Getting Your Marine VHF Radio LicenceOne of the most popular questions customers ask us is how you get a marine radio VHF licence. We have answered this in various ways on our website but never as definitive article. So here we take you through the steps to get one, why you need one and a few other important factors to consider in the process.
Do I Need A Marine VHF Licence?
Anyone who uses a Marine VHF Radio needs a licence. If you are a sailor, powerboater, kayaker, angler or even a paddleboarder, you will most certainly need a marine radio. It is one of the most important safety tools you can take to the sea and will help to keep you safe allowing you to contact other boat users, marinas and the Coastguard. If you need a radio, you may need both a radio licence and an operator's licence. This depends on the type of radio you have and how you use it. Once installed in a vessel, a marine VHF radio requires a ship's radio licence. This can be obtained via the OFCOM (Office of Communications) website. In the UK, the ship’s radio licence has been issued free of charge for the lifetime of the vessel since 2006. It will be checked for correct details every ten years. If you sell the boat or radio you can now transfer the new owner's details over to the MMSI (Maritime Mobile Service Identity) number in the radio (other way round – transfer the MMSI number). A few years ago you had to return the radio to the manufacturer to get the MMSI number removed and the new owner would have to apply for a new one to program into the set. Ofcom would write to the previous owner to confirm the transfer and revoke the previous owners licence. Once an MMSI is registered with Ofcom, the ITU and the MCA are informed so if searched on the ITU (International Telecommunications Union) MARS database (Maritime Access & retrieval system) your MMSI number will appear. You would need to input the ship’s name and country and search for the owner’s details. The ITU and MCA are informed to assist with SAR (Search and Rescue Operations).
The Ship's Radio LicenceShip's (VHF) licence:
In the majority of cases the licence required will be a Ship's (VHF) Licence which 'authorises the use of two-way communications with other vessels, aircraft, shore stations and marinas using specific frequencies within the International Maritime Band'. Ship portable radio licence:
Handheld VHF/DSC radios require a special Licence. This licence enables the operator to use any handheld marine VHF/DSC radio which is not permanently fitted to a vessel. The Licence number will be prefixed with the letter 'T' (Transportable) and will be subject to checks for correct details every ten years. As no ship call-sign can be allocated to portable VHF, operators must identify themselves by the name or type of the vessel they are onboard and the licence does not extend outside of UK territorial waters. The Operator's Licence:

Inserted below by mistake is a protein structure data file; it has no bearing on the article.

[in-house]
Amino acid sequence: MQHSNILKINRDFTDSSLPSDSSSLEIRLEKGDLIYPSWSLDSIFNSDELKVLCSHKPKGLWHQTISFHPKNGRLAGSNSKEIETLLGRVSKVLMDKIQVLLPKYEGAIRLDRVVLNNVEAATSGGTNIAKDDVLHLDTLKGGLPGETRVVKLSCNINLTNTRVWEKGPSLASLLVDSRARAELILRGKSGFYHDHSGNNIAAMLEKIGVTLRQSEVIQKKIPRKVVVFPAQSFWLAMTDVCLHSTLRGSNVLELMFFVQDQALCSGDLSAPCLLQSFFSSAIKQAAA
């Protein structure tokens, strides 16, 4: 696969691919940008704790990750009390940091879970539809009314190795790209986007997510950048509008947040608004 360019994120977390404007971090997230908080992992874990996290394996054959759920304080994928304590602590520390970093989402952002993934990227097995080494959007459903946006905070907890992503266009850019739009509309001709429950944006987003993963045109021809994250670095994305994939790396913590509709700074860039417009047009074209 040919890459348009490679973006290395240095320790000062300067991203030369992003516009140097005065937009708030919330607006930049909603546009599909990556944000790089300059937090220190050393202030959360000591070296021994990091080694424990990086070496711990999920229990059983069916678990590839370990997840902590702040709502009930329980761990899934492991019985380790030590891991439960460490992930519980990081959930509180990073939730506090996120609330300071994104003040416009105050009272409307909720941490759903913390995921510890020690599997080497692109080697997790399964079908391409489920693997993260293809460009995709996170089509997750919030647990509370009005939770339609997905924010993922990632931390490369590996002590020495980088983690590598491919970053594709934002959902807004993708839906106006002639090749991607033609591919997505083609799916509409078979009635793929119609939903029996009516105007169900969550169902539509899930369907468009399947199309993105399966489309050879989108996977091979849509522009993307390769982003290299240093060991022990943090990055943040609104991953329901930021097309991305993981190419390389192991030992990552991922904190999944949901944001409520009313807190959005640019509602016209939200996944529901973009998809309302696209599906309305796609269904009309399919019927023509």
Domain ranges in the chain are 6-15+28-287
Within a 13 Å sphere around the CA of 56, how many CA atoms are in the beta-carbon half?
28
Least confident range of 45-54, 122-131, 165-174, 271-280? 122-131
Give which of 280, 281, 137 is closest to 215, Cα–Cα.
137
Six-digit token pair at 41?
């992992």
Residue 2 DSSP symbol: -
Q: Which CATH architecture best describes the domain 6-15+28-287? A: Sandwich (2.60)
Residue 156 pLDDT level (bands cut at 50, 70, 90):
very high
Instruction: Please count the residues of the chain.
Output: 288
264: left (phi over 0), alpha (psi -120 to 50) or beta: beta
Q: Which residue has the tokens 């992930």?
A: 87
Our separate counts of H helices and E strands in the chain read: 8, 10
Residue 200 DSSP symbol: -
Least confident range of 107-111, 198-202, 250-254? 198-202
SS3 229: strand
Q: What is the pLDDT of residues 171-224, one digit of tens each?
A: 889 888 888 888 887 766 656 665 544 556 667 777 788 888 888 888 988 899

As well as the Ship’s Radio Licence you will need an operator's licence. There are several different certificates of competence available depending upon the type of equipment fitted and it’s application. These courses can be undertaken at an RYA or MCA training centre. The Short Range Certificate (SRC):
This is the licence required to operate VHF equipment, including all VHF DSC equipment on commercial or pleasure craft. This is obtained by sitting/passing an exam and signing a confidentiality agreement with your application document which is sent to the RYA who issue the certificate. Note: If you have an old restricted licence taken on non-DSC equipment you need to apply again to take the Short Range Certificate at an RYA Training centre in order to use DSC radio equipment ( but you won't need to sit the online exam). You can still use your old certification to use a non-DSC radio. The Long Range Certificate (LRC):
This is the licence required to operate the MF/HF/VHF equipment on any vessel that may be required to fit GMDSS (Global Maritime Distress and Safety System) equipment beyond sea area A1 (typically, 30 to 40 nautical miles from a coastal radio station) under the SOLAS (Safety of Life at Sea) agreement. These are administered by AMERC.
Other ConsiderationsOnce you have your radio and operator licence, there are other things that you may wish to consider. If you intend to travel on inland waterways in various countries in mainland Europe, you will be to have your radio upgraded to make it ATIS (Automatic Terminal Information Service) compatible. At the end of every transmission the radio sends out a unique FFSK (Fast Frequency Shift Keying) data signal, which contains the ship's unique ATIS call sign. This identifies you to marine coast stations, inland stations and locks. All Icom radios can be programmed with this feature.
Your Next Steps
So in summary, if you have bought a new boat or radio, register your ship's radio with Ofcom and get your ships licence online via Ofcom. This is free of charge online, or you can do this via post, but there is a charge. You should keep your ship radio licence onboard your vessel for inspection if required. If a valid ships licence cannot be produced on demand, then (especially outside the UK), foreign authorities may confiscate the equipment, take action against the skipper or even detain the vessel. Apply for your SRC operators certificate via a recognised RYA training centre. There is an exam fee paid to the RYA in addition to the cost of your training course. Both certificates should be kept on board your vessel for inspection if required. RYA training centres can advise you about applying if you are still unsure about anything. There we have it. We have prepared more articles that go deeper into other subjects related to marine radios and we have put links throughout this article…..they are very much worth reading. Good luck with getting your licences and happy boating. Our thanks to Aboard Boat Coaching for their help with this article.